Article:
TRENTON—Though identity theft is on the rise for everyone, teens or college-bound students are at particular risk warns the Professional Insurance Agents of New Jersey Inc. “It is today’s fastest growing crime,” says William R. Vowteras, CPIA, PIANJ president. “According to several different studies, including one by the Federal Trade Commission, 18-29 years old account for almost 30 percent of all identity theft complaints,” he continued.
“Before sending your child off to college, call your independent insurance agent,” says Vowteras. “Identity theft may be covered by insurance. Some companies include identity theft coverage as part of their homeowners insurance policy; selling it as either a stand-alone policy or as an endorsement to a homeowners or renters insurance policy. This coverage provides the customer reimbursement for the expenses associated with the identity and credit-restoration process including phone bills, lost wages, notary and certified-mailing costs, and, sometimes, attorney fees (with the prior consent of the insurer).”
PIANJ also recommends parents talk to their kids, ensuring they understand the importance of this issue. The Identity Theft Resource Center, a nonprofit group that helps victims of identity theft, offers tips for college students:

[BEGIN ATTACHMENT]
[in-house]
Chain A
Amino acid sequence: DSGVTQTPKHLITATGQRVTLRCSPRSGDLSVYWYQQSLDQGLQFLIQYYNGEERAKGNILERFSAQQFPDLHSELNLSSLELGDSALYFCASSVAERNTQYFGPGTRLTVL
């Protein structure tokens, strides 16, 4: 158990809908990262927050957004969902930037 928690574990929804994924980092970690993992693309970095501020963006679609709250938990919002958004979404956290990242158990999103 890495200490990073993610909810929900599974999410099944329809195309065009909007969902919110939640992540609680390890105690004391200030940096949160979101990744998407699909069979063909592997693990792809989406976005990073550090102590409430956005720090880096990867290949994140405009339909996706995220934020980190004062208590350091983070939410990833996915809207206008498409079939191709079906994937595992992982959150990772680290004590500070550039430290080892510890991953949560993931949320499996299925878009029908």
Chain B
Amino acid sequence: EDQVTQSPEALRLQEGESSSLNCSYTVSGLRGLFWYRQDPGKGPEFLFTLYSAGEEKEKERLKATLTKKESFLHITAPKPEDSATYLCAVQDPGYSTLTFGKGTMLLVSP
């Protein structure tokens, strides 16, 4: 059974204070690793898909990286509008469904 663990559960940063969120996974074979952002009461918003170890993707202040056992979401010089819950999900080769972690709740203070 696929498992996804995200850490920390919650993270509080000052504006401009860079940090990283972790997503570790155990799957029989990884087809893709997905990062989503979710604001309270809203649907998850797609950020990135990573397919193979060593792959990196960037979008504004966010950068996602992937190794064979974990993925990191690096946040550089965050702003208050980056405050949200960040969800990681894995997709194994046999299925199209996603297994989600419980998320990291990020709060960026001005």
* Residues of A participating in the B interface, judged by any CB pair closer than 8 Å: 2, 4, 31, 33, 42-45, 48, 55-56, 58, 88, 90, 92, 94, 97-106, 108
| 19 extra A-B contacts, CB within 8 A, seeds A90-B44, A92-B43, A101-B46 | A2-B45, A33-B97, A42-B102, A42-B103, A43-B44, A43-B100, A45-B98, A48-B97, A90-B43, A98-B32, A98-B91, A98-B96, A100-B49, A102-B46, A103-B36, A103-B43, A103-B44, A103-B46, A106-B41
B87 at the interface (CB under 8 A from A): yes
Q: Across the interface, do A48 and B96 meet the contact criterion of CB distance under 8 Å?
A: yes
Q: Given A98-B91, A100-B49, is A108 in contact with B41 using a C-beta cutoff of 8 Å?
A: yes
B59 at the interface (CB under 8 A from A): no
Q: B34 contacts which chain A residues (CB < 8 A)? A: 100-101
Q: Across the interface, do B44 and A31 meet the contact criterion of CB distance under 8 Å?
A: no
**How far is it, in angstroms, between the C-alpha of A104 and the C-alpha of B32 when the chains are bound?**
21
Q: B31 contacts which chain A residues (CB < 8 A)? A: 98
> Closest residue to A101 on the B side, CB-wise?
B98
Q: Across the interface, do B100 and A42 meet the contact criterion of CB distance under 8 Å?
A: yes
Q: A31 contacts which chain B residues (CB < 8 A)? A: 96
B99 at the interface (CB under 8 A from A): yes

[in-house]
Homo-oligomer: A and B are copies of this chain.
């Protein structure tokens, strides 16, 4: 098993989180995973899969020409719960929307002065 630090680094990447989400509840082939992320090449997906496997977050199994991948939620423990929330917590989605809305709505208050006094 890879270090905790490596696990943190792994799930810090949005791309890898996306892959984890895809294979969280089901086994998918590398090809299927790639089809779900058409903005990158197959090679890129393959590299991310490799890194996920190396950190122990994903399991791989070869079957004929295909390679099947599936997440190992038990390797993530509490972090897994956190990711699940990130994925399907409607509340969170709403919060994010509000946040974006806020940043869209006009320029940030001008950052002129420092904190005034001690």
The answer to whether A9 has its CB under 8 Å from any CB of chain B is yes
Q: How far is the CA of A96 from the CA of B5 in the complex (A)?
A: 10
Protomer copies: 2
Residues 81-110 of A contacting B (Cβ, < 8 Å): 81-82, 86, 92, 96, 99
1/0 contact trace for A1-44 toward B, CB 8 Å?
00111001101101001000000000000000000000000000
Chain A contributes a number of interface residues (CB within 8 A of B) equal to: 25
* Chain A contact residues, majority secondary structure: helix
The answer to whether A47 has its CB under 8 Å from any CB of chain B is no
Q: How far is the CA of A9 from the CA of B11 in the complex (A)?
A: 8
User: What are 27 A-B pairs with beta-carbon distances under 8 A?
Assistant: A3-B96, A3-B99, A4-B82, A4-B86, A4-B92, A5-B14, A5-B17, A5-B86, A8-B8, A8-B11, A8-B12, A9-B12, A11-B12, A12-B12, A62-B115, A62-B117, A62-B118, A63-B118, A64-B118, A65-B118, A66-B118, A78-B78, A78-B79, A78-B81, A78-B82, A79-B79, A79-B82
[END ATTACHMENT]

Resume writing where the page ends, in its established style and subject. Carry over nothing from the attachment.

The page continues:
• Keep your Social Security card and number locked in a safe place. Do not carry it with you if it’s not necessary.
• Store your laptop in a locking security box when you are not in your room and don’t carry it with you.
• If at all possible, use a credit card, not a debit card. Credit cards may be prepaid or have low limits. Debit cards are targets for identity thieves. Check your monthly statement to look for unexplained expenses.
• Never loan a credit or debit card to a friend. Co-signing for any cell phone, utility account, car loan or credit cards puts you at a major risk.
• Never loan your driver’s license or identification card to anyone.
• Check your credit report annually. Use the free credit reports available. If you have never established credit, there will be no report. If there is a report, review it and make sure none of the information is the result of fraudulent activity.
PIANJ is a trade association representing professional insurance agencies and brokerages throughout the state.
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